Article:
Even before we moved to Rattlebridge, I knew the living room would present design issues. In its former life, it was all cut up, with a 1970s sunken living room. At some point, a sun room was added. Our contribution was to open the space, allowing for unrestricted views of the distant mountains; but the remodel also created my biggest decorating challenge to date.
Nearly a year later, we moved in. Both my husband and I were recovering from health issues, and we decided to take our time. Our living room stayed empty for months, until the old aqua sofa and chairs were bumped out of the man cave. The plan was to order white slip covered pieces, but I wanted to get my bearings. As predicted, the room was difficult. I had trouble arranging furniture and hanging art (no walls!). Something else was going on, too: the furnishings went to war. I knew it would take time to sort it out; but in the meantime, it was a relief to have a place to sit and read.
As the seasons shifted from summer to fall, I rolled up the rug and replaced it with a little sisal from Lowe's. Next, I removed the floral pillows. I already had plenty of bright, tangerine-colored pillows on the porch, so I grabbed them, along with a throw. A dear quilt added a punch of color to the sunroom.
Late October 2016
In my mind's eye, I could see what the room wanted to be. It wasn't there yet, but I had a true north: Chippy things, white slipcovers, books, a touch of formal, and just plain fun. Heaven knows how long it'll take. Many times I can't tell if I've made a room better or worse. Usually, it looks worse. I'm still not in a hurry, because I am still listening to the house. Little, formal pieces keep snagging my eye, and not in a good way, so I've been moving them to the man cave, which pleases my formal loving husband. So, we're all happy.
And here's a flashback to the remodel. Crisp white paint went up, along with a beadboard ceiling. Somewhere in my heart, I must have known that I was a country girl.
A year later, I still love the off-white walls. The house always seems bright, and I enjoy playing with art and colorful accessories.
The little table was earmarked for the potting shed, but it's still here.
Little table, which color will you be at Christmas? Chalk and milk paint don't set off my asthma, not like spray paint, so I'm likely to paint and repaint little pieces.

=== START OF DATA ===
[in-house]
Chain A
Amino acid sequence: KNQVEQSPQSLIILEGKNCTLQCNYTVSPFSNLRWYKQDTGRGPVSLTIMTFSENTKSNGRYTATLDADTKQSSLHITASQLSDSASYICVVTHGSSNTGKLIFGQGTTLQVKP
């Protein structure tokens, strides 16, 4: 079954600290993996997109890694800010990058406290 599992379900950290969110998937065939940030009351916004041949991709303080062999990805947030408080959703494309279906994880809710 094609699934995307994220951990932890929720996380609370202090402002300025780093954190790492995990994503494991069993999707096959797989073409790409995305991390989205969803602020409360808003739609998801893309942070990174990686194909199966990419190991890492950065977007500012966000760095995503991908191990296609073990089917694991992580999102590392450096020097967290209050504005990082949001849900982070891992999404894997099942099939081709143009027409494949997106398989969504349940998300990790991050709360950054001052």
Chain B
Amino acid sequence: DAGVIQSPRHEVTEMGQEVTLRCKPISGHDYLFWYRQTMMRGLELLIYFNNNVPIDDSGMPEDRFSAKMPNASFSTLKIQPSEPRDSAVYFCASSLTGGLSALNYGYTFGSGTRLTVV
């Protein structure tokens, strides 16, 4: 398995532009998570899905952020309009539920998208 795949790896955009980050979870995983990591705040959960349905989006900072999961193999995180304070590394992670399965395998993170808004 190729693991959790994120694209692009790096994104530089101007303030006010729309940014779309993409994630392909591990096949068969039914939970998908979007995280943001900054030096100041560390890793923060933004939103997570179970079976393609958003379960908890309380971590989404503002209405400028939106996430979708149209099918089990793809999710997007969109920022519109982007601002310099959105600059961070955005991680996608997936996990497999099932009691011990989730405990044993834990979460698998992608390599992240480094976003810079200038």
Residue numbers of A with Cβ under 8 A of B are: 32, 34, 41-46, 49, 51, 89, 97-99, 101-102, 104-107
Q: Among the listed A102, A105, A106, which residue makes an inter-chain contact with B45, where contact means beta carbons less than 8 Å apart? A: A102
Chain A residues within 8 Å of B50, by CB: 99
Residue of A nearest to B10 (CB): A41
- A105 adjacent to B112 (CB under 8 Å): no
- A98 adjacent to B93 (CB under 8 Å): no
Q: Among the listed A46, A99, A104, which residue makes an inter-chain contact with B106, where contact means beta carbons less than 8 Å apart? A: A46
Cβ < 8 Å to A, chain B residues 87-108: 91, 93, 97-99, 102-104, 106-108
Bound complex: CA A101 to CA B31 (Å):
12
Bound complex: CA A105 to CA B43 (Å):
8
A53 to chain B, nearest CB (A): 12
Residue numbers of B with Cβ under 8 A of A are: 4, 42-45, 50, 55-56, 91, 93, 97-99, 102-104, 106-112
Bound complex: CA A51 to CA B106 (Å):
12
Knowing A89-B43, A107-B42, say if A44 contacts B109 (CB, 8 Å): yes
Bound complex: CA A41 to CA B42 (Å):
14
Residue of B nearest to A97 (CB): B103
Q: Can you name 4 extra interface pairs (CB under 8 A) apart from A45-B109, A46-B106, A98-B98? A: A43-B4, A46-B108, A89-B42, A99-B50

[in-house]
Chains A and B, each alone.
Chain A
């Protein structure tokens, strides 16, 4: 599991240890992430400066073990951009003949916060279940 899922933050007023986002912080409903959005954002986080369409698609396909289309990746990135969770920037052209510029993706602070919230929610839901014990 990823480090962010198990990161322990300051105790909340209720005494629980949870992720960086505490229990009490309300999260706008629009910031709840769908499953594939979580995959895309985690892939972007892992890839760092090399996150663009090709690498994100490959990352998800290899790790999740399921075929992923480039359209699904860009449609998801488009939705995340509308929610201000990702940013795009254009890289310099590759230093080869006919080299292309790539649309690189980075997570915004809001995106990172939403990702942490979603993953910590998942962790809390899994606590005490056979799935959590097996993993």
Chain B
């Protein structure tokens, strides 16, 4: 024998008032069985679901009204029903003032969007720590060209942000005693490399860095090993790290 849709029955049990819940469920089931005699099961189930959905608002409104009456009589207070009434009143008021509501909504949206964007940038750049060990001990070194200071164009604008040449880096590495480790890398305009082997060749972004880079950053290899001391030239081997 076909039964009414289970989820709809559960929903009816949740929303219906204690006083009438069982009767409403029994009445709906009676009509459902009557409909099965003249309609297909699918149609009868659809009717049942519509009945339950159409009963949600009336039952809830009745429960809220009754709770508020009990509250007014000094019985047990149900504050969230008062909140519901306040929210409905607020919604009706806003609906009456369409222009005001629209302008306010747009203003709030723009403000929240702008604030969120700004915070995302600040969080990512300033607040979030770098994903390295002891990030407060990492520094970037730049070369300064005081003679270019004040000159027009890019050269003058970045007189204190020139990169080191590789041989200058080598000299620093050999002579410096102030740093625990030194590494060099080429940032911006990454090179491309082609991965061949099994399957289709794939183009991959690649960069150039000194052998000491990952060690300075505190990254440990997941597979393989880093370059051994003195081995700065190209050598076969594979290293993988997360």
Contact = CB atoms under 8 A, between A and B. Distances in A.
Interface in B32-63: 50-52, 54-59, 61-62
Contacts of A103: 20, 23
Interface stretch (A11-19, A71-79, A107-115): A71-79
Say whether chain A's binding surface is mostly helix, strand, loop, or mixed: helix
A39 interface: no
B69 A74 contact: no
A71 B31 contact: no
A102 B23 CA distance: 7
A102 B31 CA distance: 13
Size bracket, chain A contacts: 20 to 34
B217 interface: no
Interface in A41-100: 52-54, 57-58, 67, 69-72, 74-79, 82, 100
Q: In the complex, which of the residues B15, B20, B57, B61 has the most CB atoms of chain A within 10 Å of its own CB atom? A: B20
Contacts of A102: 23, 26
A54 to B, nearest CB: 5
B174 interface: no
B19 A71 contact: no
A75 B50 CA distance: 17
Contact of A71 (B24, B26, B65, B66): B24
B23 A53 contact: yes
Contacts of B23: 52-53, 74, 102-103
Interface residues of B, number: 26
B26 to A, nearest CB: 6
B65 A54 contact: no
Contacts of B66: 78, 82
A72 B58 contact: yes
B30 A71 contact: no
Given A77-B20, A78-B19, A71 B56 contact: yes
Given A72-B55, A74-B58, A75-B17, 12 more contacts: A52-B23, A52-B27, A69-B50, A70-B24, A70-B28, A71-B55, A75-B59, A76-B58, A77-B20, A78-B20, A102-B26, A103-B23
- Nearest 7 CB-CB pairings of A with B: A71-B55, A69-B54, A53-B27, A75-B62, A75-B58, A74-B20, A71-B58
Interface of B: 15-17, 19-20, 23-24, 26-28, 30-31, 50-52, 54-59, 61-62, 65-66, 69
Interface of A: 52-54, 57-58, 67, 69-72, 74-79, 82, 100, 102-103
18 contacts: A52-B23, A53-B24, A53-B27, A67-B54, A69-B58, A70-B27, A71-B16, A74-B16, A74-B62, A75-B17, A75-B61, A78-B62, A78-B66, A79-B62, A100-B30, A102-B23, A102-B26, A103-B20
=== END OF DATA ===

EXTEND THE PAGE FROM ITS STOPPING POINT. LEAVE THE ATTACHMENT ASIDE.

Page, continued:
Because the living areas are open to the dining room and kitchen, let's take a little peek. In the dining room, I am literally playing a game of musical chairs. I thought about switching tables, but it just wasn't practical. We are so attached to our old table--not only does it fit the long, narrow dining area, my husband uses the far end as a workspace. So many memories were made around that table. We talked about painting it, but the surface has withstood decades of family dinners, served as a buffet at parties, and provided a place for children to scribble their homework, and for me to spread out chapters of novels-in-progress. That table is tough, and my husband, the human Saint Bernard, need a durable work spot. At some point, we may remove the leaf and use the table for another purpose; but for now, it won't be painted. However, the chairs were a different story. I removed a few of the formal side chairs (more on this later) and set out my old, mismatched ladder backs. Everywhere I look on Pinterest, these chairs are being refreshed with paint. I am truly hesitant.
I just know one thing: old pieces, the items I had when I was younger, really speak to me now. I wish I'd stood up for those chairs, but my style was all over the place, influenced by trends, I suspect. My style still is a mishmash, to be sure, but this time, I have a plan.
I put an old Windsor rocker in the kitchen, and it feels just right.
Moving back to the sun room, I love the casual dining space.
I've been auditioning chairs.
At one end of the sunroom, the old hutch turned out to have a playful side.
In the living room, another "cut up" wall found its groove with lively art and a sweet primitive table that I bought last summer from an old friend. The formal dining chair is in the process of being painted. I only painted one, so we could think about it. (In person, it's not a stark, blaring white. But it's still a drastic change for me and DH, two people who don't embrace change.) The fate of the other chairs depends on this one, little painted piece.
It needs glazing/waxing, then you can be sure I'll get out the sandpaper, too.
Now, more than ever, it's good to wait.
It's good to think.
To listen to the room.